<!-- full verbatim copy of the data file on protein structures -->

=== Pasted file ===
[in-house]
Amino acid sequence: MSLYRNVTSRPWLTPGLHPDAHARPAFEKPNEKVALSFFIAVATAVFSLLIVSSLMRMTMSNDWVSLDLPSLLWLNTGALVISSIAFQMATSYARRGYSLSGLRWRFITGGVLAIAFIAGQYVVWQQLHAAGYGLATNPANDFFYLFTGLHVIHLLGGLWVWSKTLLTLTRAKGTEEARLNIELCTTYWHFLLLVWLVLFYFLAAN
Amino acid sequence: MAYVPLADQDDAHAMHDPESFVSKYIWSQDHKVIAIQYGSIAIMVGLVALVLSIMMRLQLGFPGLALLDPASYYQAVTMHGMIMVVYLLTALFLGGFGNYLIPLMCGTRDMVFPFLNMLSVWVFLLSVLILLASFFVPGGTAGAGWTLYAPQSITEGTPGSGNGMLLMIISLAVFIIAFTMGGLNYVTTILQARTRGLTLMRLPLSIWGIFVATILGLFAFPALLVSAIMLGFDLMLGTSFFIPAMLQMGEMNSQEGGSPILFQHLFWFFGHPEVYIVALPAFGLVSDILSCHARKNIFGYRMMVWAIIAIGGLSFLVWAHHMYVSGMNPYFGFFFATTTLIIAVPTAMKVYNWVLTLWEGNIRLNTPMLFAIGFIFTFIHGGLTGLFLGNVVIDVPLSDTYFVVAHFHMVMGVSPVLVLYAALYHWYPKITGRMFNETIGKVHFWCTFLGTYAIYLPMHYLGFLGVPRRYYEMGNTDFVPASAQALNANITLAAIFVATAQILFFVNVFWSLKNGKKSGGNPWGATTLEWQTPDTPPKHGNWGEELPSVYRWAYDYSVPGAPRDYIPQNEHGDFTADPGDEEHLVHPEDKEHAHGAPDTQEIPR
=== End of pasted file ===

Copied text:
[in-house]
Amino acid sequence: MSLYRNVTSRPWLTPGLHPDAHARPAFEKPNEKVALSFFIAVATAVFSLLIVSSLMRMTMSNDWVSLDLPSLLWLNTGALVISSIAFQMATSYARRGYSLSGLRWRFITGGVLAIAFIAGQYVVWQQLHAAGYGLATNPANDFFYLFTGLHVIHLLGGLWVWSKTLLTLTRAKGTEEARLNIELCTTYWHFLLLVWLVLFYFLAAN
Amino acid sequence: MAYVPLADQDDAHAMHDPESFVSKYIWSQDHKVIAIQYGSIAIMVGLVALVLSIMMRLQLGFPGLALLDPASYYQAVTMHGMIMVVYLLTALFLGGFGNYLIPLMCGTRDMVFPFLNMLSVWVFLLSVLILLASFFVPGGTAGAGWTLYAPQSITEGTPGSGNGMLLMIISLAVFIIAFTMGGLNYVTTILQARTRGLTLMRLPLSIWGIFVATILGLFAFPALLVSAIMLGFDLMLGTSFFIPAMLQMGEMNSQEGGSPILFQHLFWFFGHPEVYIVALPAFGLVSDILSCHARKNIFGYRMMVWAIIAIGGLSFLVWAHHMYVSGMNPYFGFFFATTTLIIAVPTAMKVYNWVLTLWEGNIRLNTPMLFAIGFIFTFIHGGLTGLFLGNVVIDVPLSDTYFVVAHFHMVMGVSPVLVLYAALYHWYPKITGRMFNETIGKVHFWCTFLGTYAIYLPMHYLGFLGVPRRYYEMGNTDFVPASAQALNANITLAAIFVATAQILFFVNVFWSLKNGKKSGGNPWGATTLEWQTPDTPPKHGNWGEELPSVYRWAYDYSVPGAPRDYIPQNEHGDFTADPGDEEHLVHPEDKEHAHGAPDTQEIPR